Liquid yeast is simultaneously one of the more rewarding and frustrating products that homebrew retailers work with. On the one hand, carrying liquid yeasts allows brew shops to offer their customers an extremely diverse selection of fermentation options, cater to very specific needs, and greatly expand the potential for batch-to-batch experimentation. On the other hand, liquid yeast is a low margin product, has a relatively short ideal shelf life, and it’s difficult to stock what everyone would like due to the extreme diversity available. So, we decided to do a little experiment, given that we occasionally have yeast that goes past its recommended usage date and we hate the waste of throwing it away.
In order to determine how old yeast would have to be before it could no longer be salvaged, we decided to use a pack of yeast that was produced over two years ago. We had one pack of Wyeast 2042 (Danish Lager) manufactured on September 20, 2012 (Fig. 1), and our goal was to grow the remaining yeast and demonstrate that it could still ferment successfully. We took a very basic approach and simply put together a 1500ml yeast starter in a 2000ml flask with a 1.035 starting gravity and built it up on a magnetic stir plate.
The starter showed a little bit more lag time than a fresher yeast would have, but that was expected. We started to see visible signs of yeast activity after 12 hours (Fig. 2) and we allowed it to continue for another 24 hours. After the 36-hour period was up the yeast starter was removed from the stir plate and placed in the refrigerator for a brief period in order to allow the yeast to separate and settle to the bottom of the flask. While the yeast was settling, we prepared .5 gallons of un-hopped wort at 1.040 starting gravity and transferred it to a glass growler. We aerated the wort and brought it to an appropriate pitching temperature, decanted the majority of the liquid from the starter, and pitched the remaining slurry. The “batch” showed activity after 12 hours and was allowed to continue for 10 more days.
After 10 days of fermentation the batch dropped from 1.040 starting gravity to 1.008 final gravity (Fig. 3). Thus, the yeast exhibited 80% attenuation in this particular fermentative context. The batch also displayed no major organoleptic flaws, which was a nice plus.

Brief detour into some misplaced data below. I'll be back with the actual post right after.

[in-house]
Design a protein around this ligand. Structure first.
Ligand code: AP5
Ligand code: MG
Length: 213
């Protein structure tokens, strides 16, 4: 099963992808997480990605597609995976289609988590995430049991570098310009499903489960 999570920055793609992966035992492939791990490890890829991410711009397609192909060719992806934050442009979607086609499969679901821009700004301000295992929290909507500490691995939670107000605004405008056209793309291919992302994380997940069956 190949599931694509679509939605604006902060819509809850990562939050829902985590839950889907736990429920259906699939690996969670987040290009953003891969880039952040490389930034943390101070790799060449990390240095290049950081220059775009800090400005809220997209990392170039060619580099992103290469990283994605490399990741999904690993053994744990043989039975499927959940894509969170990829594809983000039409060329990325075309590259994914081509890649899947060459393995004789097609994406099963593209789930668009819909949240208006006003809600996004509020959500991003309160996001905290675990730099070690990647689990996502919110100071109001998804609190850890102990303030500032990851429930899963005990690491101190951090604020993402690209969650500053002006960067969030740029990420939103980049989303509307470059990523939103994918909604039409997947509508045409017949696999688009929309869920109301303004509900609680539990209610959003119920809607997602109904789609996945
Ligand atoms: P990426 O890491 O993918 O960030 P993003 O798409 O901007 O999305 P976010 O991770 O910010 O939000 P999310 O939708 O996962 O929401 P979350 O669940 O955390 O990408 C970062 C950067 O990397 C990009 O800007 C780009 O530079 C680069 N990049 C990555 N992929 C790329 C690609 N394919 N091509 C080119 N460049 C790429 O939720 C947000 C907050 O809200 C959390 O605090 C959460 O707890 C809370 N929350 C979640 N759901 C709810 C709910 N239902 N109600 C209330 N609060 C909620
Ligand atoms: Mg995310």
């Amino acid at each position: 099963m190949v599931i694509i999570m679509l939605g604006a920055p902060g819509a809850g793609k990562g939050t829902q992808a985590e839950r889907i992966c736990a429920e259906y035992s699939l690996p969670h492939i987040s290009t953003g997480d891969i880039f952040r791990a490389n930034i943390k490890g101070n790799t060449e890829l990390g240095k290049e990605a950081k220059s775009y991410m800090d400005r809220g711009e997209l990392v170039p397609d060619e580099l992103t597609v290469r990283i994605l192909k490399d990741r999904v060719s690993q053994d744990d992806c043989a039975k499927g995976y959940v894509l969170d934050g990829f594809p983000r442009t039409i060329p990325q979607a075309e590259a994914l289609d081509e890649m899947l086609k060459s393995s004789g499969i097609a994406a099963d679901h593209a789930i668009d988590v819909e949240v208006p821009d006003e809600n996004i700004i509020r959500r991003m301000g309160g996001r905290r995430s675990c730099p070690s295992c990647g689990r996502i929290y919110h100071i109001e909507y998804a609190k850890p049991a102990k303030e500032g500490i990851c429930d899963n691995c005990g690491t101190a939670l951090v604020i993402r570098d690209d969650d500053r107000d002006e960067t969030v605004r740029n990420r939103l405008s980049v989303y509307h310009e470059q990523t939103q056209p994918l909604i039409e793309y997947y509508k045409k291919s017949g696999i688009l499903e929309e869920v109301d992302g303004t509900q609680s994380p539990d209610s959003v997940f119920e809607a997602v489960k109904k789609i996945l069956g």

This experiment was designed to simply prove that yeast that was over 1.5 years past its expiration date could be used to ferment, and it did. The experiment shows that, despite the age of the product, there are still viable cells and they can be grown over time and used to ferment. However, it is worth pointing out that we only used the culture we grew in a .5-gallon batch of low gravity wort. In a typical fermentation you will probably be dealing with a larger volume of wort at a higher gravity and it is worth mentioning that the yeast would need to be put through several more stages (steps) in growth before you would have the requisite number of cells. In order to accomplish this you would simply build another starter at the point where we pitched ours to the .5-gallons of wort.
So, the takeaway here is that yeast is much more resilient than the manufacturer’s expiration date would lead you to believe. If you have even a basic understanding of yeast growth then you can easily build up a starter from that vial or pack that sat in your fridge for a couple of months too long. Waste not, and brew on!
It’s good to know that yeast packets sold close to expiration (or far past, as tested) can still do a good job of fermentation. My problem is paying top price for a product that is not “new”. I have experienced LHBS trying to hand you yeast that is near the best by date expiration and charging full price.
I am currently doing the same experiment with a german lager yeast. It is almost two years past the date. I bought this when it was past the date at a Homebrew store for I think a dollar, with the intent of doing this earlier. It is currently on the stir plate with a 1500ml 1.045 starter. I plan to run it two more cycles in hopes to have a viable starter.
Cool! Please let us know how it turns out.